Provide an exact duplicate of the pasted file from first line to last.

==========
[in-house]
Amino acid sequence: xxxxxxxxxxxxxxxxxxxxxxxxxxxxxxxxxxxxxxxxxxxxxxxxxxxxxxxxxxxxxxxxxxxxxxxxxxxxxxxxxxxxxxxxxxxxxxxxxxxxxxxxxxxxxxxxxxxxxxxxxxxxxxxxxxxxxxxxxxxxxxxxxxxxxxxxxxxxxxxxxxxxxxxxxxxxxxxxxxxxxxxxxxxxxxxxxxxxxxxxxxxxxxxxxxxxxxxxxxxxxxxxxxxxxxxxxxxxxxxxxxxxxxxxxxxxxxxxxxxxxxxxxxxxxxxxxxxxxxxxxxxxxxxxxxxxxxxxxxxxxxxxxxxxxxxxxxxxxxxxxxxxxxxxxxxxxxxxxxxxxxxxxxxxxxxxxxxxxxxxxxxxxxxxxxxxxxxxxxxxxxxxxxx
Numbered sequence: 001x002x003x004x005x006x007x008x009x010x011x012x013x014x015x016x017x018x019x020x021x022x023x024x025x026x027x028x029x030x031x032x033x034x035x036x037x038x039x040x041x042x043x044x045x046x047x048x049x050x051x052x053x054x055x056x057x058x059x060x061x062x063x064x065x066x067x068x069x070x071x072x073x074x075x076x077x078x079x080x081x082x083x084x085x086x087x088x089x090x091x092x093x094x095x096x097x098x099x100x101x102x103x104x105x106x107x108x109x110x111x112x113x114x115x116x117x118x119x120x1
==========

[in-house]
Amino acid sequence: xxxxxxxxxxxxxxxxxxxxxxxxxxxxxxxxxxxxxxxxxxxxxxxxxxxxxxxxxxxxxxxxxxxxxxxxxxxxxxxxxxxxxxxxxxxxxxxxxxxxxxxxxxxxxxxxxxxxxxxxxxxxxxxxxxxxxxxxxxxxxxxxxxxxxxxxxxxxxxxxxxxxxxxxxxxxxxxxxxxxxxxxxxxxxxxxxxxxxxxxxxxxxxxxxxxxxxxxxxxxxxxxxxxxxxxxxxxxxxxxxxxxxxxxxxxxxxxxxxxxxxxxxxxxxxxxxxxxxxxxxxxxxxxxxxxxxxxxxxxxxxxxxxxxxxxxxxxxxxxxxxxxxxxxxxxxxxxxxxxxxxxxxxxxxxxxxxxxxxxxxxxxxxxxxxxxxxxxxxxxxxxxxxx
Numbered sequence: 001x002x003x004x005x006x007x008x009x010x011x012x013x014x015x016x017x018x019x020x021x022x023x024x025x026x027x028x029x030x031x032x033x034x035x036x037x038x039x040x041x042x043x044x045x046x047x048x049x050x051x052x053x054x055x056x057x058x059x060x061x062x063x064x065x066x067x068x069x070x071x072x073x074x075x076x077x078x079x080x081x082x083x084x085x086x087x088x089x090x091x092x093x094x095x096x097x098x099x100x101x102x103x104x105x106x107x108x109x110x111x112x113x114x115x116x117x118x119x120x1